Steering Committee


Samir Gandesha |
Director, Institute for the Humanities 
Professor, Department of Humanities

Samir Gandesha is currently a Professor in the Department of the Humanities and the Director of the Institute for the Humanities at Simon Fraser University. He specializes in modern European thought and culture, with a particular emphasis on the relation between politics, aesthetics, and psychoanalysis. He has contributed chapters to numerous volumes including The Cambridge Companion to Adorno (2003), Herbert Marcuse: A Critical Reader (2004), The Wiley Blackwell Encyclopedia of Political Thought (2014), The Sage Handbook on Frankfurt School Critical Theory (2018), The Bloomsbury Companion to Marx (2018), as well as to a wide range of journals including Political TheoryNew German CritiqueConstellationsInternational Forum of PsychoanalysisThe American Journal of PsychoanalysisLogosKant StudienPhilosophy and Social Criticism, the European Legacy, the European Journal of Social Theory, Discipline Filosofiche, Estudios PoliticosZeitschrift für kritische TheorieRadical Philosophy, and Constelaciones: Revista de Teoria Critica.

He is co-editor with Lars Rensmann of Arendt and Adorno: Political and Philosophical Investigations (Stanford, 2012) and co-editor (with Johan Hartle) of Spell of Capital: Reification and Spectacle (University of Amsterdam Press, 2017) and Aesthetic Marx (Bloomsbury Press, 2017), also with Johan Hartle.  He is editor of Spectres of Fascism: Historical, Theoretical and Contemporary Perspectives (Pluto, 2020), and co-editor (with Peyman Vahabzadeh) of Crossing Borders: Essays in Honour of Ian H. Angus, Beyond Phenomenology and Critique (Arbeiter Ring, 2020), In the Spring of 2017, he was the Liu Boming Visiting Scholar in Philosophy at the University of Nanjing and Visiting Lecturer at Suzhou University of Science and Technology in China. In January 2019, he was Visiting Fellow at the Hochschule für Gestaltung in Karlsruhe and in February of the same year, he was Visiting Lecturer at Faculdade de Filosofia, Letras e Ciências Humanas - FFLCH-USP (Universidade de São Paulo).

Ian Angus |
Professor Emeritus, Department of Humanities

Ian Angus is Professor Emeritus from the Department of Humanities at Simon Fraser University. He has published in the areas of contemporary philosophy, Canadian Studies, and communication theory. A Festschrift on his work has been edited by Samir Gandesha and Peyman Vahabzadeh: Crossing Borders: Essays in Honour of Ian H. Angus, Beyond Phenomenology and Critique (Arbeiter Ring, 2020). His most recent book is Groundwork of Phenomenological Marxism: Crisis, Body, World (Lexington Books, 2021). Some of his work is available at:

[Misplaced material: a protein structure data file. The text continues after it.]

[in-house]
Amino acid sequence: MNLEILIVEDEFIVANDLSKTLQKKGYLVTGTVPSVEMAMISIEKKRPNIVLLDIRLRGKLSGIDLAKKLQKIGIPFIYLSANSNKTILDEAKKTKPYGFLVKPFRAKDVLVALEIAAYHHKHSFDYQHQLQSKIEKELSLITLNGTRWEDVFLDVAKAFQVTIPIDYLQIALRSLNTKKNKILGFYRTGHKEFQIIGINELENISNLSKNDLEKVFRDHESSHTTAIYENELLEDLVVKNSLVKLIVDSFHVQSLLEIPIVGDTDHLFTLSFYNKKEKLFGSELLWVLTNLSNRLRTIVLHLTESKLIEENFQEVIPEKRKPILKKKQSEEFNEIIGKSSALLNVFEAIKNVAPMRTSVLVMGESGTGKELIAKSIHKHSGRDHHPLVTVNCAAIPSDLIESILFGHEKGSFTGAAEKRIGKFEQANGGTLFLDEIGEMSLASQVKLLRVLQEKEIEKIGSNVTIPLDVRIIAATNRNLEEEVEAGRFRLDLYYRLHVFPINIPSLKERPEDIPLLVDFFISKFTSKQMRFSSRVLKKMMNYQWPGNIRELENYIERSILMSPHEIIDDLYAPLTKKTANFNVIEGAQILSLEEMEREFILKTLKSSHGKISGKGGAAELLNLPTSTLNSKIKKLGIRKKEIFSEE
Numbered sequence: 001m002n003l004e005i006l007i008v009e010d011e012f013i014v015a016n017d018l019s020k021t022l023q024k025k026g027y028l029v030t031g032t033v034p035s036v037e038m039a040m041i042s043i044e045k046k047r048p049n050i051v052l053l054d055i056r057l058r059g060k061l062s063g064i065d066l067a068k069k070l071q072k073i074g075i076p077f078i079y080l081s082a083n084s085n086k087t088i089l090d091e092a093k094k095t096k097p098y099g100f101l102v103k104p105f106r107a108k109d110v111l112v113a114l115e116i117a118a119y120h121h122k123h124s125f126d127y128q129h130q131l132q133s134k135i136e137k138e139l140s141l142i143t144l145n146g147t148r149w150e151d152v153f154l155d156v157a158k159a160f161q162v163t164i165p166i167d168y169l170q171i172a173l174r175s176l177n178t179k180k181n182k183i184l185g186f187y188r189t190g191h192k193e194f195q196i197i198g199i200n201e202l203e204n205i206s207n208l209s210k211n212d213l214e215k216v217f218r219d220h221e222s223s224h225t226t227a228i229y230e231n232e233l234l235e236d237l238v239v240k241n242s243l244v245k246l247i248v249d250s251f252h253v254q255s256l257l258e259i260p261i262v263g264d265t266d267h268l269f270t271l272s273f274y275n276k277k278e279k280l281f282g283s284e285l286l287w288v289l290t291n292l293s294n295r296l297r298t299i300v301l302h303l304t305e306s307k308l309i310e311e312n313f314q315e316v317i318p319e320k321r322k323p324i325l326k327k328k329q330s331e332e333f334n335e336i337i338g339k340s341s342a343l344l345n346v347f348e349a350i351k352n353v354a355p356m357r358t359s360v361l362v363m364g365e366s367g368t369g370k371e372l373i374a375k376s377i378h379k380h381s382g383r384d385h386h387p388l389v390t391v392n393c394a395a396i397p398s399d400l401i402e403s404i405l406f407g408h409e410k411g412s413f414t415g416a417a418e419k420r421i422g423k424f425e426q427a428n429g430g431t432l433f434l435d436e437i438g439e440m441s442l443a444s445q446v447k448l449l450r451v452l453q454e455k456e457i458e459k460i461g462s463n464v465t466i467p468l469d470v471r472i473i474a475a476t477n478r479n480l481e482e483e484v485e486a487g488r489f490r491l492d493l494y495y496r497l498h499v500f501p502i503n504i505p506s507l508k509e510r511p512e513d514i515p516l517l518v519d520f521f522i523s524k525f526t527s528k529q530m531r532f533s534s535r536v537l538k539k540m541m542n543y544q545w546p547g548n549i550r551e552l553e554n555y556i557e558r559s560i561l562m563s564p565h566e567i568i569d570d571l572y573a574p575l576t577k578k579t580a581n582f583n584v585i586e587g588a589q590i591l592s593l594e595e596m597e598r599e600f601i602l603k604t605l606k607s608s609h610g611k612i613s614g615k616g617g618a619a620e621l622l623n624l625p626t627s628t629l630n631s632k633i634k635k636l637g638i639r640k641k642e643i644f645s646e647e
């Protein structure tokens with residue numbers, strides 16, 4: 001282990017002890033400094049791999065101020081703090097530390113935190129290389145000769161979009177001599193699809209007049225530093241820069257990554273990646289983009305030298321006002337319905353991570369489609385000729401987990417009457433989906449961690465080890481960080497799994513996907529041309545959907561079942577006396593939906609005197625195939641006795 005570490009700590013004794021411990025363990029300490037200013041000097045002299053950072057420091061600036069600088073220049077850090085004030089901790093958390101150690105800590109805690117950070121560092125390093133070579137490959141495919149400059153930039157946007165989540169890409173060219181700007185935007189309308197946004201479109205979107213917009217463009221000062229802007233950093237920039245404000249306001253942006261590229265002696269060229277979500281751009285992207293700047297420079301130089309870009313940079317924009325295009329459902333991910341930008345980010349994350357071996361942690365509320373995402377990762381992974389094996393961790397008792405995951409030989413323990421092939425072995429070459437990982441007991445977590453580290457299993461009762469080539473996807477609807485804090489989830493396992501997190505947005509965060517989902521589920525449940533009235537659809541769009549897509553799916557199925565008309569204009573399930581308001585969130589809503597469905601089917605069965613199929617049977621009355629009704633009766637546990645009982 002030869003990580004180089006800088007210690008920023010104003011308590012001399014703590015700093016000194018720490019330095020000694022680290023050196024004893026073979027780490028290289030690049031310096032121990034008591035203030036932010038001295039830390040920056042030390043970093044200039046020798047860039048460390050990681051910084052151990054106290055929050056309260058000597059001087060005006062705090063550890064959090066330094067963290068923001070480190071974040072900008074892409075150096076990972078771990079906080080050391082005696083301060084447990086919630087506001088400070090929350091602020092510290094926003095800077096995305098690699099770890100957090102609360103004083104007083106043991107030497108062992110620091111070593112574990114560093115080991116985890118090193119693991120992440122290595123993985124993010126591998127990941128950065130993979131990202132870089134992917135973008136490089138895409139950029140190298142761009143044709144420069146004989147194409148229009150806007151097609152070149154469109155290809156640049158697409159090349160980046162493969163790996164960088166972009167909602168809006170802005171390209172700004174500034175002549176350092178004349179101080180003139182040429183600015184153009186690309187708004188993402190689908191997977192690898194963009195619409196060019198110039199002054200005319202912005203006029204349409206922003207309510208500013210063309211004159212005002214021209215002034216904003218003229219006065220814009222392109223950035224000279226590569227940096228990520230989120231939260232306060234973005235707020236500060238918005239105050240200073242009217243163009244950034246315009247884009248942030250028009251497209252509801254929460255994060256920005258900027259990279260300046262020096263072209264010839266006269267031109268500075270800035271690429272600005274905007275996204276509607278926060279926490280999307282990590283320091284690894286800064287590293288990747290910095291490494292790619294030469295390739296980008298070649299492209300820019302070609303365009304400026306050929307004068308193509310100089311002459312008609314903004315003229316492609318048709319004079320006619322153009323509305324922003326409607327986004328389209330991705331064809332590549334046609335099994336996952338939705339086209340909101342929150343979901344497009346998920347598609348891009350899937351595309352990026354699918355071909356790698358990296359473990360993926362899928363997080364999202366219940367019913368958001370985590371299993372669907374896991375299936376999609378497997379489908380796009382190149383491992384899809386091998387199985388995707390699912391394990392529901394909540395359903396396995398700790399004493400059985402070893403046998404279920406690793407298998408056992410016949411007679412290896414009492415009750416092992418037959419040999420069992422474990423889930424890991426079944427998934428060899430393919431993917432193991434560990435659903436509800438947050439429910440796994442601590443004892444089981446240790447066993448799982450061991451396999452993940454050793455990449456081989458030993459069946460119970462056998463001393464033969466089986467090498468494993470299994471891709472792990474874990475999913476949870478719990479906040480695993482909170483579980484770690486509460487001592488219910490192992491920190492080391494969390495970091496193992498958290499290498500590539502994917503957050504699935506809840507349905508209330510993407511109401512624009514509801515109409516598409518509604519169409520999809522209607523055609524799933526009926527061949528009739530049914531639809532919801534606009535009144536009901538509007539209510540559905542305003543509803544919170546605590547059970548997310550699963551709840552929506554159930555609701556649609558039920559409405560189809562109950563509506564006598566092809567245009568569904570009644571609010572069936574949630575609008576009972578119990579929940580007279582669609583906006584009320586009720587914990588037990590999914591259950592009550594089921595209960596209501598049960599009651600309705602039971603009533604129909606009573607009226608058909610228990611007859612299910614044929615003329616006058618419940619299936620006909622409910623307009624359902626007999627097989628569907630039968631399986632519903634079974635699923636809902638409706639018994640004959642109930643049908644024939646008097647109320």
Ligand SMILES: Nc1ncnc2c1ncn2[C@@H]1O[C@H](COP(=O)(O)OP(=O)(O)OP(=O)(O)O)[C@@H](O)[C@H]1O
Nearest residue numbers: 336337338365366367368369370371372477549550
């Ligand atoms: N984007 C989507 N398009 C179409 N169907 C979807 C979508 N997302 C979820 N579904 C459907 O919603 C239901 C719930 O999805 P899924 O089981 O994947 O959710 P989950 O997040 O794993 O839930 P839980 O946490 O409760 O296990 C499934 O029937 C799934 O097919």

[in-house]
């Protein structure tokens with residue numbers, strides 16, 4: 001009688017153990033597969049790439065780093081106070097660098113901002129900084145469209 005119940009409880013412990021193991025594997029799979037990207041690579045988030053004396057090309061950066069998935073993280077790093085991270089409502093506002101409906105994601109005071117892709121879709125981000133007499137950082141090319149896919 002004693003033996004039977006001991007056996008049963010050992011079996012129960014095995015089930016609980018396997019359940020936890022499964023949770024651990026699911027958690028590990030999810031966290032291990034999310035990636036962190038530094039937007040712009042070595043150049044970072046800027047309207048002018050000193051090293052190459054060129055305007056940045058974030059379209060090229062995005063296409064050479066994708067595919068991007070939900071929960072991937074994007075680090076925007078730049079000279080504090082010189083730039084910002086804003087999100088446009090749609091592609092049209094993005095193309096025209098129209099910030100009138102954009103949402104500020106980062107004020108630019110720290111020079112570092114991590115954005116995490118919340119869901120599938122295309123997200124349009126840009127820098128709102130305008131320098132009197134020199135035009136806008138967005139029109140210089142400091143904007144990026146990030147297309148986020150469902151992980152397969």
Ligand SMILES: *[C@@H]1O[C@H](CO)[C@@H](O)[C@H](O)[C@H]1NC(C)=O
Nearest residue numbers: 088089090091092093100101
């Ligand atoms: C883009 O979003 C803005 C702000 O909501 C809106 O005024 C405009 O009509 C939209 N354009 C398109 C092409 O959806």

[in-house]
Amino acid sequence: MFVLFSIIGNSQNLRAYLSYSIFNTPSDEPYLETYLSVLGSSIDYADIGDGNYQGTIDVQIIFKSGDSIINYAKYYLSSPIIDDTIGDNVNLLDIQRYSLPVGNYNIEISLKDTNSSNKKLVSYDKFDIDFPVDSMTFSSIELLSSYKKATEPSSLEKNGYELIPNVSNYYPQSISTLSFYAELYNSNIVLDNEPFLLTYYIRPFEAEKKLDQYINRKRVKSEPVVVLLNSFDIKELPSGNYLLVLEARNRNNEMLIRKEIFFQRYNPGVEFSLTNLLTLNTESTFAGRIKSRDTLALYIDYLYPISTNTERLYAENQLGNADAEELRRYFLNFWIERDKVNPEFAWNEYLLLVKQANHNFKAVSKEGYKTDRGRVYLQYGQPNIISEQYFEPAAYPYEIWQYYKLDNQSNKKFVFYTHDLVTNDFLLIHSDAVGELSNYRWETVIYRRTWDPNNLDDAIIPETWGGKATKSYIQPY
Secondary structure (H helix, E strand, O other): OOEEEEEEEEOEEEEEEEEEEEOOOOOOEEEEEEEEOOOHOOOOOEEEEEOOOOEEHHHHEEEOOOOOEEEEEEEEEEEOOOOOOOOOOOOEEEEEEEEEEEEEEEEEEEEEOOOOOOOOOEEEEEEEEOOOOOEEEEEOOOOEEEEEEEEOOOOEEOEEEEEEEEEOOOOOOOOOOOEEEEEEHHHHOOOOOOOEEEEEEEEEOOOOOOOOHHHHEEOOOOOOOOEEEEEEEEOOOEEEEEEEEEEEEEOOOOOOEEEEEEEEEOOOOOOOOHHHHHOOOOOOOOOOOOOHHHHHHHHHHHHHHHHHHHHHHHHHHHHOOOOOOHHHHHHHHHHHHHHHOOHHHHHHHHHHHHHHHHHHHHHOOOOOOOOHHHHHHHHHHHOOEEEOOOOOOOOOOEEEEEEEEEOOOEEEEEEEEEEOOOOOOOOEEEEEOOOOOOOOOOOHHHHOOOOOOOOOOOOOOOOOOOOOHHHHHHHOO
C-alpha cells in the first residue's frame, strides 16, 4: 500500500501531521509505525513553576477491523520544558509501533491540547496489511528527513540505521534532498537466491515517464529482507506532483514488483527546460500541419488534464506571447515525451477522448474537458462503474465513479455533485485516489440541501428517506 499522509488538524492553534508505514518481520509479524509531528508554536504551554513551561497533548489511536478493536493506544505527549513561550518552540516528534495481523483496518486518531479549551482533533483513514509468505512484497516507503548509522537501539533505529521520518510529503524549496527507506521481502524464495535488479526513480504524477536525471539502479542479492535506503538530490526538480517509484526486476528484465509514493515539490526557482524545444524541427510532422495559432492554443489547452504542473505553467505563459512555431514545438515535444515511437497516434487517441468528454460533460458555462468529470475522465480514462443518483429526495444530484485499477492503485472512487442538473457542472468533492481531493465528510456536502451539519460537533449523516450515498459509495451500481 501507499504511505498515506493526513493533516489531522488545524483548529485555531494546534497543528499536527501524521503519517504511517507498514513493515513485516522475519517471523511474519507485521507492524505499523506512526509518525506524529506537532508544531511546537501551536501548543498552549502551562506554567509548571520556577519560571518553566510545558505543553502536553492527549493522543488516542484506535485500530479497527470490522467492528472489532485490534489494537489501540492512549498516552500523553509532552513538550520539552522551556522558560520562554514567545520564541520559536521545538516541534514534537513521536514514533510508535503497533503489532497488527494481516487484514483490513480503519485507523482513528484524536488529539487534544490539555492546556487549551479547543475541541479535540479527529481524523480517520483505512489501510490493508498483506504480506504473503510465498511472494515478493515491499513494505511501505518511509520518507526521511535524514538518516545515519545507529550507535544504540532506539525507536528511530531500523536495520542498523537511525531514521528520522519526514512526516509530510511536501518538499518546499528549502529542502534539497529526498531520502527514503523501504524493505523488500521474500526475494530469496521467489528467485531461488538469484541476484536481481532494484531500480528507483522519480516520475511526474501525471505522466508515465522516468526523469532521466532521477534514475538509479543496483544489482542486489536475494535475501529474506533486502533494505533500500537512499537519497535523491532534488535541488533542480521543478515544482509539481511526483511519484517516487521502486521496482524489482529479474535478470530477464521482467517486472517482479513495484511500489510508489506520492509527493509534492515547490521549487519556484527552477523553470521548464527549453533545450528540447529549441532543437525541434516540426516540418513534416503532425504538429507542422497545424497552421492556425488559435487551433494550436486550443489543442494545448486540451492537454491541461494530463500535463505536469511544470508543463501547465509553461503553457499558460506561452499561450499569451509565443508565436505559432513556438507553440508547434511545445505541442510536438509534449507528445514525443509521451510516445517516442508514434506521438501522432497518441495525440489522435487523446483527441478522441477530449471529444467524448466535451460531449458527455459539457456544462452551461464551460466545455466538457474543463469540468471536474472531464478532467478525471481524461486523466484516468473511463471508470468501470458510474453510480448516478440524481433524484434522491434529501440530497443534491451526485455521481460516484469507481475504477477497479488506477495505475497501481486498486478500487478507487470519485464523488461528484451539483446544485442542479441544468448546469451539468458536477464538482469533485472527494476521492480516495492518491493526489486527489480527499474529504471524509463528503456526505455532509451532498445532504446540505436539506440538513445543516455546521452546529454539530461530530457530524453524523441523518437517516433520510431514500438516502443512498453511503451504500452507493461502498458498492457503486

Stephen Collis |
Professor, Department of English

Stephen Collis is the author of a dozen books of poetry and prose, including The Commons (Talonbooks 2008), the BC Book Prize winning On the Material (Talonbooks 2010), Once in Blockadia (Talonbooks 2016), and Almost Islands: Phyllis Webb and the Pursuit of the Unwritten (Talonbooks 2018). In 2019, he was awarded the Latner Writers’ Trust of Canada Poetry Prize in recognition of his body of work. In 2021, Talonbooks will publish A History of the Theories of Rain. He lives near Vancouver, on unceded Coast Salish Territory, and teaches poetry and poetics at Simon Fraser University. 

David Mirhady |
Department Chair, Department of Humanities

David Mirhady's research spans several related fields: Greek rhetoric, law, and the school of Aristotle. It began with a dissertation on the political and legal writings of Aristotle's student Theophrastus. In order to get a background for that, he looked at Aristotle's approach to legal argumentation in his Rhetoric, which led to articles on the parallel accounts of argumentation on documentary forms of evidence in the Rhetoric, its contemporary, the Rhetoric to Alexander, and in the Athenian orators, the speeches of one of whom, Isocrates, he translated. He has also continued his interests in the parallels between the Rhetoric and the Rhetoric to Alexander, which led to a Loeb translation of the latter, and in other students of Aristotle, the Peripatetics, including Dicaearchus, Hieronymus, Phaenias, Clearchus, and now Critolaus.